Are You Speaking With One Hundred Percent Clarity?

If you want people to act in a certain way, you need to give them clear instructions.

If your instructions are not precise, then there is the opportunity of variance created, and with variance comes confusion.

A person very close to me is a golfer. His golf club holds an annual match-play knock out event. This event is a prestigious club event, with the winner’s name being listed on an honour board in the clubhouse.

This year the format for the event was changed.

In previous years members could nominate to participate, and members organised to play and complete their matches by certain dates. When the matches were played was up to the members involved.

This year the captain organised a qualifying event, where the top sixteen players on a certain day qualified and then matches were to be played on certain dates.

Earlier this month my friend received an email from his golf club secretary, that read:

 

“Hi everyone,                      

Please find attached the official seeded draw for the Singles Matchplay event. Any questions please refer to member Joe Blogs [at his email]who is kindly overseeing this event.

Good luck!

[Secretary’s Name]”

 

Missing from this email was the date that the event was to be played.

The secretary’s email had included an attachment which was an image of the draw for the event on the computer, but my friend’s name had been spelt incorrectly in the draw, making it difficult for him to locate the draw on the club’s computer.

So my friend replied, simply asking what day the match was to be played.

 

“Hi [Secretary’s Name]

What day is this being played?

I’d look it up but my name has been spelt incorrectly… thanks

I will be there.

[Signed: My friend]”

 

Here is the reply my friend received from the secretary:

 

“[Friend’s first name],

It clearly states in my email to refer any questions to Joe.

  1. The dates have been published in the last the golf club website.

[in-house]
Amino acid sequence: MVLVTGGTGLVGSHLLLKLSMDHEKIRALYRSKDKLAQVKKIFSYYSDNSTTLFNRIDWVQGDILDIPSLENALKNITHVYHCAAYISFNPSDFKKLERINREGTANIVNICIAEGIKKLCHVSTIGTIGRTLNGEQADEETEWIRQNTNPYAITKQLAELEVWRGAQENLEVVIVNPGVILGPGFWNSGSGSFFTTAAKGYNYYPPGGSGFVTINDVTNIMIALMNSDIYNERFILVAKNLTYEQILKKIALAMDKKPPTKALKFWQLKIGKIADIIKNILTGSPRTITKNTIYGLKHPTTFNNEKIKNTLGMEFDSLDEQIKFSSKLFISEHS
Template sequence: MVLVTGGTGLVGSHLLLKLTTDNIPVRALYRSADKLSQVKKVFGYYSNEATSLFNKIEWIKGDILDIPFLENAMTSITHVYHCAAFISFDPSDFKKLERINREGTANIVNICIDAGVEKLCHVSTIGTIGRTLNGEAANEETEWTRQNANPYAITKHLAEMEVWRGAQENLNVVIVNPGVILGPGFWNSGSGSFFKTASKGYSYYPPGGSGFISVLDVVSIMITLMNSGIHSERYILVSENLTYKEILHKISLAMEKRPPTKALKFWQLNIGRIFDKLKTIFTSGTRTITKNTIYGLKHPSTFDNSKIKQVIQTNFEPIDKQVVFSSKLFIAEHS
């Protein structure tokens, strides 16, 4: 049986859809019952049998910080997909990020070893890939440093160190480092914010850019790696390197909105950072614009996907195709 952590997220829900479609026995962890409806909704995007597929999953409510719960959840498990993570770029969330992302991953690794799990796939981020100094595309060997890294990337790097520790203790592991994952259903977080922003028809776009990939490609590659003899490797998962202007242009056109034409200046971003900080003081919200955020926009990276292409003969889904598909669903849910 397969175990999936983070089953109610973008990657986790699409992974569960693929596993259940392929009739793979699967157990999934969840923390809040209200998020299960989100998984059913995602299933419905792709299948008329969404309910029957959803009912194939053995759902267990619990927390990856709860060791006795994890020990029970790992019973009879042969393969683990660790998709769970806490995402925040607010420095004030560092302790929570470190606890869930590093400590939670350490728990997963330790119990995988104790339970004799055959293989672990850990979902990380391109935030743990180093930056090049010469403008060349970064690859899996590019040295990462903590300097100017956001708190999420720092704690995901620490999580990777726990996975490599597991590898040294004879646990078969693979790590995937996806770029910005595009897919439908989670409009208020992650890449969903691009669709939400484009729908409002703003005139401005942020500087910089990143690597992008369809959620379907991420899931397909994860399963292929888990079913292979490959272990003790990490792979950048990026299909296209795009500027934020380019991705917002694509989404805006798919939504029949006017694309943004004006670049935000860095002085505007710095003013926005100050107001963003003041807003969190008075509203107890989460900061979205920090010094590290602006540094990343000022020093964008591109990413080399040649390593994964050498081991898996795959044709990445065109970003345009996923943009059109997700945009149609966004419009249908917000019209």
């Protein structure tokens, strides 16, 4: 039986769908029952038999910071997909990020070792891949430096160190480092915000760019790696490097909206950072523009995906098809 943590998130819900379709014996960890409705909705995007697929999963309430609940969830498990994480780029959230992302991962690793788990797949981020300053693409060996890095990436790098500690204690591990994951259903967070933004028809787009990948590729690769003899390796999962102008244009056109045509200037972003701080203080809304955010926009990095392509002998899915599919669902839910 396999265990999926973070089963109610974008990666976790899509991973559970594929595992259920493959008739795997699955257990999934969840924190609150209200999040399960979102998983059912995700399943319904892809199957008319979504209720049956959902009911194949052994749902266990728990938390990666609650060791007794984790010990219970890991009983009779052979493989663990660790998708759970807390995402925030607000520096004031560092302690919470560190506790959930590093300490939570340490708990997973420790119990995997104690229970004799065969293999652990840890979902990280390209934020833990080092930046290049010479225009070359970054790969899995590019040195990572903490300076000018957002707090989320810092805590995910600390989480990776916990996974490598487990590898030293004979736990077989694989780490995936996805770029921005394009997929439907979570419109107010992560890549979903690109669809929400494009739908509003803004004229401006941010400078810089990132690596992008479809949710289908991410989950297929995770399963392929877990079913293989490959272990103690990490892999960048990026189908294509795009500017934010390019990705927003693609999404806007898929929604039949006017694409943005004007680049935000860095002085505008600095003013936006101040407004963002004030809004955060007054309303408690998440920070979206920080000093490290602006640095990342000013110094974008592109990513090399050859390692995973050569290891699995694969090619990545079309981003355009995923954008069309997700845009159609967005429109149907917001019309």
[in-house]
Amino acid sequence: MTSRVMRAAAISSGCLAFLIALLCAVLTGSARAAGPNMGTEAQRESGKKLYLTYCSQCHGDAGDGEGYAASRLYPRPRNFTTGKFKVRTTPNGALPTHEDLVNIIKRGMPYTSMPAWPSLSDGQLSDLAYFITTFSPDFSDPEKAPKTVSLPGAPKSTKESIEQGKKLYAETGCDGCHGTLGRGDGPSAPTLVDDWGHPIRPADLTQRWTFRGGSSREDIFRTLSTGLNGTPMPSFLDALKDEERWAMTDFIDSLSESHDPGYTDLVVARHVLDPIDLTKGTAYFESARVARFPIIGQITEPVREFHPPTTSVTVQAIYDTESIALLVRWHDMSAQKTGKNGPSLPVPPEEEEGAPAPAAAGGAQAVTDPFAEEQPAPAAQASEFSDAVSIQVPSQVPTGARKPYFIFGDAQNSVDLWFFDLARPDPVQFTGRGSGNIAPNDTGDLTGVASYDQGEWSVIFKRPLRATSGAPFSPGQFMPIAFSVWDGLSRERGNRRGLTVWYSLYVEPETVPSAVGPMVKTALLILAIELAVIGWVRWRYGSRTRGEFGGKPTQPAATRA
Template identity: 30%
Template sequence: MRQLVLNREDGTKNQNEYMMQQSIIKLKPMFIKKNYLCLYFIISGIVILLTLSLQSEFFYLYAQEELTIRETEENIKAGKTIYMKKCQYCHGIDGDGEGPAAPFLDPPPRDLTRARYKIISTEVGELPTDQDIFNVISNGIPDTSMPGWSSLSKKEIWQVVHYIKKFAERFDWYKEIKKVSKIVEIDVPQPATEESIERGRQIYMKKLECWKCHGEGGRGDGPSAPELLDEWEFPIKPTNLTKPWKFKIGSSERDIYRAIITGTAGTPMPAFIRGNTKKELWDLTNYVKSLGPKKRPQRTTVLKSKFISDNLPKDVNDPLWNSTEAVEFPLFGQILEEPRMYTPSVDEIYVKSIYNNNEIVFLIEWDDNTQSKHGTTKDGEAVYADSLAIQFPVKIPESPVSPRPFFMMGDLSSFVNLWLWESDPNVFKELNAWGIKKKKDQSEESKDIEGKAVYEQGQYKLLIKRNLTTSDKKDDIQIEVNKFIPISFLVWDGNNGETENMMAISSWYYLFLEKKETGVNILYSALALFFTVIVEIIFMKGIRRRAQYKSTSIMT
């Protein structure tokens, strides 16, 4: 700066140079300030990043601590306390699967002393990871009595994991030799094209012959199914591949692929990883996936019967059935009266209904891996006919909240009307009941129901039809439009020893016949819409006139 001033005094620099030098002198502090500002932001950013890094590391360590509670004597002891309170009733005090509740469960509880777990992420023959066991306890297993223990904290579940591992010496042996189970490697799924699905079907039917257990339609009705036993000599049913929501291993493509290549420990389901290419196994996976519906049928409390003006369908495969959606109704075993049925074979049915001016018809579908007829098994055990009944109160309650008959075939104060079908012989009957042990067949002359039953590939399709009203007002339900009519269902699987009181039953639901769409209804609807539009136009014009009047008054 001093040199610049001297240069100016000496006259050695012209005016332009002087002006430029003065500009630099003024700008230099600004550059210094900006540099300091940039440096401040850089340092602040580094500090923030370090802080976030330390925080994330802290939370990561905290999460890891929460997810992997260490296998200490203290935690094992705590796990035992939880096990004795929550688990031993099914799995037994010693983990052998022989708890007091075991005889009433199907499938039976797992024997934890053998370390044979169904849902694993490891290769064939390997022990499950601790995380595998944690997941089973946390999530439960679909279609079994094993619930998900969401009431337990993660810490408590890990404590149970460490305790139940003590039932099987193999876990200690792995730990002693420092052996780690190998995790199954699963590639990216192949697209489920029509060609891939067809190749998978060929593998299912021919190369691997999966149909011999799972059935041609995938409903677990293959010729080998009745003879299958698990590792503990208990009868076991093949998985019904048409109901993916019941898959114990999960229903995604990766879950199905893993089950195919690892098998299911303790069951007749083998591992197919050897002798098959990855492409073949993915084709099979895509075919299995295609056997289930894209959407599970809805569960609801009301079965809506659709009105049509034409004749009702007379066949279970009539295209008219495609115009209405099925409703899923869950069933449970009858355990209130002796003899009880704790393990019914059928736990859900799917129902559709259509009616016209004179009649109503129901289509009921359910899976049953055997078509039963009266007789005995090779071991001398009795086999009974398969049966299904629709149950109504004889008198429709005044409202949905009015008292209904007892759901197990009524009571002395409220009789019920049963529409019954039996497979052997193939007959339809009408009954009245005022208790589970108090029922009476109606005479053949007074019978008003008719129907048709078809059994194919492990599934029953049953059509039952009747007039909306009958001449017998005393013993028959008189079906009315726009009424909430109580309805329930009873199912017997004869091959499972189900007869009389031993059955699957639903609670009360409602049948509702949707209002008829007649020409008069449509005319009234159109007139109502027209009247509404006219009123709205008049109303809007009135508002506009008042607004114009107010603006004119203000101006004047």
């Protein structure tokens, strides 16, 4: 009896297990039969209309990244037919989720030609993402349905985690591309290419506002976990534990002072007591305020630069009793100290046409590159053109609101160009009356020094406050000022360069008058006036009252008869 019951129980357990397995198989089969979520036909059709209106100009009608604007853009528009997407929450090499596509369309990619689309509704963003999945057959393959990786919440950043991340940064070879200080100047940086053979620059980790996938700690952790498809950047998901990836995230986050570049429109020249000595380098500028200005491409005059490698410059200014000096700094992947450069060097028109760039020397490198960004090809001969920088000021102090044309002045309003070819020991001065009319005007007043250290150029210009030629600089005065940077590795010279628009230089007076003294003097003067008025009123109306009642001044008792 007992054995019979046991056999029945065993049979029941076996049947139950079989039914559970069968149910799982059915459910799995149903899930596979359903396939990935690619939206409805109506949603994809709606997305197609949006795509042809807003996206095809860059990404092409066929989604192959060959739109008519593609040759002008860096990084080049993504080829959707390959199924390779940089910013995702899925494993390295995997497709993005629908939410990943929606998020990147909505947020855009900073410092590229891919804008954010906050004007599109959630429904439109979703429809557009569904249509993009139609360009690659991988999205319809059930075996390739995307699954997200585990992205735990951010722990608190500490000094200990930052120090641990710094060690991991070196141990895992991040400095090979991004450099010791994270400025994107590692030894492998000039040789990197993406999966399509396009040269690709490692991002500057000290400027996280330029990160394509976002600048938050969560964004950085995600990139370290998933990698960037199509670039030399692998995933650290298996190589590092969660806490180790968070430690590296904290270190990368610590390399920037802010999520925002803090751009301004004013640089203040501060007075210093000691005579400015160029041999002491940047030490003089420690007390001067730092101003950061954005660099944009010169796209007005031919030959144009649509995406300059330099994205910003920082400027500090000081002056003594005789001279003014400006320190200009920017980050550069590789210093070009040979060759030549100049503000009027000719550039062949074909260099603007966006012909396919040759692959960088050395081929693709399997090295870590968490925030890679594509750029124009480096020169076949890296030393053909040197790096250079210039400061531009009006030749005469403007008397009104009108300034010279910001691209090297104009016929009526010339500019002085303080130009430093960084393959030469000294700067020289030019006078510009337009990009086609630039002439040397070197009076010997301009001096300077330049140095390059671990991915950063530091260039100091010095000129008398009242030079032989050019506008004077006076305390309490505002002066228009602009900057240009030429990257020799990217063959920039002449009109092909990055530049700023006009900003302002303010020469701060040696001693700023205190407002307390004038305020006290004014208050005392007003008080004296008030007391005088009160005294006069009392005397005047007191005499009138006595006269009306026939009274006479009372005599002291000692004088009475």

2. I did not do the draw or enter the names on the time sheet.
  3. Your name is misspelt on the time sheet which seems to point to the staff member in the Pro Shop that entered the names.

But to answer your question, it’s the 19th.

Regards

[The Secretary’s name]”

 

Here is the reply that my friend should have received:

“Dear [My friend’s name],

It clearly states in my email to refer any questions to Joe.

  1. The dates have been published in the last the golf club website.
  2. I did not do the draw or enter the names on the time sheet.
  3. Your name is misspelt on the time sheet which seems to point to the staff member in the Pro Shop that entered the names.

But to answer your question, it’s the 19th.

Good luck in your match. Play well.

Regards

[The Secretary’s name]”

 

There was no need for the secretary to reply with anything other than the date.

Everything else on the email that the secretary sent was unnecessary, and simply reflected that the secretary was having a bad day.

How does this apply to dental?

Another good friend of mine says that the way people respond to our communications is a direct reflection on the clarity of those communications that we send. My friend says that if our communications result in an outcome that we were not wanting, then we should not be disappointed in the behaviour of the recipient, rather we should reflect that our initial communications have been lacking in clarity.

And I have found this to be a wonderful thought to reflect upon, and a good edict to live by.

In dentistry, it is up to us, as health care professionals to provide clear and precise communications to our patients and to our staff as to what exactly is to be done, when exactly it is to be done, and what exactly will be the consequences if it is not done at the time it is meant to be done.

The key word is “EXACTLY”.

As dentists, it is difficult to get patients to take medications, brush and floss regularly, and not consume harmful foods, and the use of specific unambiguous language is of paramount importance in conveying exactly what we mean.

When we fail to include vital information in our message we are setting ourselves up for disappointment.

We should never assume that the recipient of our message has access to vital information we may have forgotten to include.

And we should always consider whether the information that we include [or should have included] will provide complete clarity as to the purpose and result of our communication.

In the email sequence my friend received from his golf club [above], my friend would not have needed to reply with a question if the date of play had been included in the secretary’s first email, and if his name had been spelt correctly on the Golf Club Website for the draw of play for that day.

It was probably less than appropriate for the secretary to redirect blame to my friend [for not referring to previous emails] and to the pro shop staff [for poor data entry].

In dental practices I have heard staff members say to customers:

“We need to check the warranty with our lab”

“That’s not in my pay-cheque”

“I passed your message on to him”

It may not be our fault, but the problem is still our problem, and we to make it  right QUICKLY for our customer.

We want the customer to remember how seamlessly and easily we were able to make things right, and forget how things went array.

That’s easy to do.

But it’s also very easy NOT TO DO.

And that’s what separates great businesses from their competition.

It’s their ability to do the little things way better….

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Email me at david@theupe.com